This blog post is part of a series jotting through my trip to Israel in June 2019. For contents page for the posts see the Introductory Post. If I've reported something incorrectly, please let me know via post comments (below) or my contact page. All photographs are Copyright © James Oakley, June 2019, unless indicated otherwise.
Day 10 was leave-Israel day.
Time to say goodbye to the Sea of Galilee
And, indeed, to the whole country. A sad day, but time for a few ports of call on the way out.
On the way from Galilee through the Plain of Jezreel we passed Mount Tabor, a sizeable hill that dominates the flat land all around, and has therefore been strategic throughout history. Along with Hermon, it's one of the geographical markers you meet in the Bible to symbolise the northern edge of the kingdom.
And so we came to Megiddo, also an extremely significant site. It is easy to defend, and guards a pass through the hills that takes you from the Valley of Jezreel to the coastal plains.
Like many ancient cities, it's now a "tel" - a layer of cities built on one another. So you can look down from the most recent ruins to the Canaanite city ruins far below.
Megiddo originally belonged to the land allocated to the tribe of Manasseh (Joshua 12:21), but they were not able to drive out the Canaanites who lived there, with their advanced chariot technology (Joshua 17:11-12)
However Solomon did succeed, and made it one of his three great forts to guard the reaches of his kingdom, along with Hazor and Gezer, and his own capital of Jerusalem (1 Kings 9:15).
God told his people that, when they built altars, they were not to ascend them with steps. Here we see an altar built with a stepped approach, which illustrates this command:
Jeroboam II built a huge grain silo there, with steps to allow people to walk down to the level of the stored grain, with a capacity of 450 cubic metres.
The stables have been found, where the horses would have beek kept and fed and watered.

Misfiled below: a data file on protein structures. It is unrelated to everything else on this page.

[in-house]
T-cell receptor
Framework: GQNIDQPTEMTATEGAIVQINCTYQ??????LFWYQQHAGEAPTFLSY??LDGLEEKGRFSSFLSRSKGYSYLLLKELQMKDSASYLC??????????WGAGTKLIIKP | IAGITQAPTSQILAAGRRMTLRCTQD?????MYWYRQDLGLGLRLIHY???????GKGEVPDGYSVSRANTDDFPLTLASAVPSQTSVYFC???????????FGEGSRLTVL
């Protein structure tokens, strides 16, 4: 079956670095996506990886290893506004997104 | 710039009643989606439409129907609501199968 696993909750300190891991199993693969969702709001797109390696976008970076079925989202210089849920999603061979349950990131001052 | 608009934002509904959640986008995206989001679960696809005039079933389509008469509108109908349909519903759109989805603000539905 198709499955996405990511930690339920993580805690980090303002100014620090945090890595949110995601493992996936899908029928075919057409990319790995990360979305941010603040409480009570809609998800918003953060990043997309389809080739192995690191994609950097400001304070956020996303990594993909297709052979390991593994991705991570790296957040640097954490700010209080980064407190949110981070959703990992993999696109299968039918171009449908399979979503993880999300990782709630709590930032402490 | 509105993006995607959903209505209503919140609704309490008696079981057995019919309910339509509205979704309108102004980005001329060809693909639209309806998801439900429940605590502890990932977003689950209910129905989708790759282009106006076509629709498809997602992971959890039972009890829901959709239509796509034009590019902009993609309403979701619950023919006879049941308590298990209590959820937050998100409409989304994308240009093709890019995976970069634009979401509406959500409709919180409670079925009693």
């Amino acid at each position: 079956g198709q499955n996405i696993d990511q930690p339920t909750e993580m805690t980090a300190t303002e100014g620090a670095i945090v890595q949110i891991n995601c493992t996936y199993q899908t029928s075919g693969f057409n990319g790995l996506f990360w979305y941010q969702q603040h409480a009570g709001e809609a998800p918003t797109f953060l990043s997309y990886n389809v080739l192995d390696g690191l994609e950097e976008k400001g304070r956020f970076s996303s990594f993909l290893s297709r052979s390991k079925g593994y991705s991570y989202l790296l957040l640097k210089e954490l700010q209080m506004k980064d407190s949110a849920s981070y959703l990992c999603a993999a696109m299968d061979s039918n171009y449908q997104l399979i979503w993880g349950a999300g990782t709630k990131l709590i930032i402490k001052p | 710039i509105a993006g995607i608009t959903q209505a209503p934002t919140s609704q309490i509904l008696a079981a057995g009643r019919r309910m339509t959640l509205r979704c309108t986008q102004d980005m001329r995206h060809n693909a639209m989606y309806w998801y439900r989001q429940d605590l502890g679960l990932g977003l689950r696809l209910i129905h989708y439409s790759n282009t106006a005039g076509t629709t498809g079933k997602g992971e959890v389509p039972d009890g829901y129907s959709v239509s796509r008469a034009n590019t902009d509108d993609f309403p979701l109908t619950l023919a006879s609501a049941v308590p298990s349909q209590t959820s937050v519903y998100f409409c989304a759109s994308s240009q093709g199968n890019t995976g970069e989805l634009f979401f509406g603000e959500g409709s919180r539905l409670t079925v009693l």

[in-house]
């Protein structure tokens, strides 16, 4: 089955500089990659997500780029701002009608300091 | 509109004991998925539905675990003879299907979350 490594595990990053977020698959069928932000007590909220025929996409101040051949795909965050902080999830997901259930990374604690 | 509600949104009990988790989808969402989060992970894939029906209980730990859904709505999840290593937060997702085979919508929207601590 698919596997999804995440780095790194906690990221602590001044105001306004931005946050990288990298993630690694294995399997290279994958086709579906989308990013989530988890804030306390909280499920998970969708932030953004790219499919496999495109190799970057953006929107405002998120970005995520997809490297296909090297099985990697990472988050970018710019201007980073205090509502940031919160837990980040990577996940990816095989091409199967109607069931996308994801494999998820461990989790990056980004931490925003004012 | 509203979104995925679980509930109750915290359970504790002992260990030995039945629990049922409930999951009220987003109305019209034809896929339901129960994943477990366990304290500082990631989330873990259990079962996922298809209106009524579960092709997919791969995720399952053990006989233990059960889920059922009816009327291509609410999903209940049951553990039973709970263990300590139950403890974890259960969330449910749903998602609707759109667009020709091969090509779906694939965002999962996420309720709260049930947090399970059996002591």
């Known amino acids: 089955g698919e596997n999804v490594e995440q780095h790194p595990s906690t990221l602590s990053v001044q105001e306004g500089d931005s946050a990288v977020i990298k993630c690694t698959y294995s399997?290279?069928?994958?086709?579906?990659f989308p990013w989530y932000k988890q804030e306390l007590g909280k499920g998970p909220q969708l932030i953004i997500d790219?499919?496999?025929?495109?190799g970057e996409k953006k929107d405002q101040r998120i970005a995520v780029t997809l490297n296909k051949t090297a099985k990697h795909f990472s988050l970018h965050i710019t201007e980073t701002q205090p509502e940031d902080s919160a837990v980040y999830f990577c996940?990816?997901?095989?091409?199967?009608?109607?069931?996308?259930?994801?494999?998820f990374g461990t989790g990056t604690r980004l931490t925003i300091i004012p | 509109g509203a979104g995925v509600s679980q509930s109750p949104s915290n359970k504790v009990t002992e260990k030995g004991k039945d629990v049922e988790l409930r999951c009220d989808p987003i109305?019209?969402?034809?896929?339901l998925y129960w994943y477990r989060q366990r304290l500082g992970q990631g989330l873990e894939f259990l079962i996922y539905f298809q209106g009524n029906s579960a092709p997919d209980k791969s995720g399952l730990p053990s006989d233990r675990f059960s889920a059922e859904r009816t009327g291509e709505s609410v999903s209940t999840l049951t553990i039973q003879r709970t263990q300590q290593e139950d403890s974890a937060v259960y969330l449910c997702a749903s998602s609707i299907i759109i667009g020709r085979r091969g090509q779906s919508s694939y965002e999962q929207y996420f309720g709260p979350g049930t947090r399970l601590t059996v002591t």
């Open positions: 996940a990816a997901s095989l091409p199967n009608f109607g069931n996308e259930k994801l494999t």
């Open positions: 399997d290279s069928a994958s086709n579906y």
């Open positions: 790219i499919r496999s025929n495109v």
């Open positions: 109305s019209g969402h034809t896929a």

And, of course, no visit to an ancient hillfort would be complete without another cistern to descend and explore
You go down first, and then along to reach the water source that would be below yet outside the ancient city walls. This one still has water in - you can still descend to the level required to hit the water table (a little hard to see the water in the picture, but anyway):
Two more things to say about Megiddo. It is at the head of the Valley of Jezreel, near the ancient city of Jezreel. That means lots of battles in the Old Testament occurred here or nearby (such as 2 Chronicles 35:21-24). But it also means that it's near here that Naboth would have had his vineyard (1 Kings 21). So here is a view from Megiddo out over the plain of Jezreel, looking down on (yes) a vineyard. Picture Ahab coveting this, and arranging the murder of the present owner, maybe from this very spot.
Next, Revelation 16:16 depicts part of the day of judgement in battle terms, and depicts it taking place at "the place that in Hebrew is called Armageddon". That one reference has triggered all kinds of allusions in popular culture to Armageddon being the end of the world. Probably, "Armageddon" is a conflation of "Har Megiddo", "Har" being the Hebrew for a hill or mountain.
Don't worry, if you're hungry while waiting for the end of the world, there is fast food at Armageddon:
Actually, you won't miss the end of the world. Wherever you are, even in your own grave, you will at once become aware that Jesus requires to meet you now personally. And you'll get no warning to have time for a meal either. But God's grace in the death and resurrection of Jesus gives you all you need so you're fully prepared and have nothing to fear - provided you receive him now.
And so back to the airport, and time to leave Israel and head back home, with a head and heart full of memories, and a whole lot of things making a lot more sense.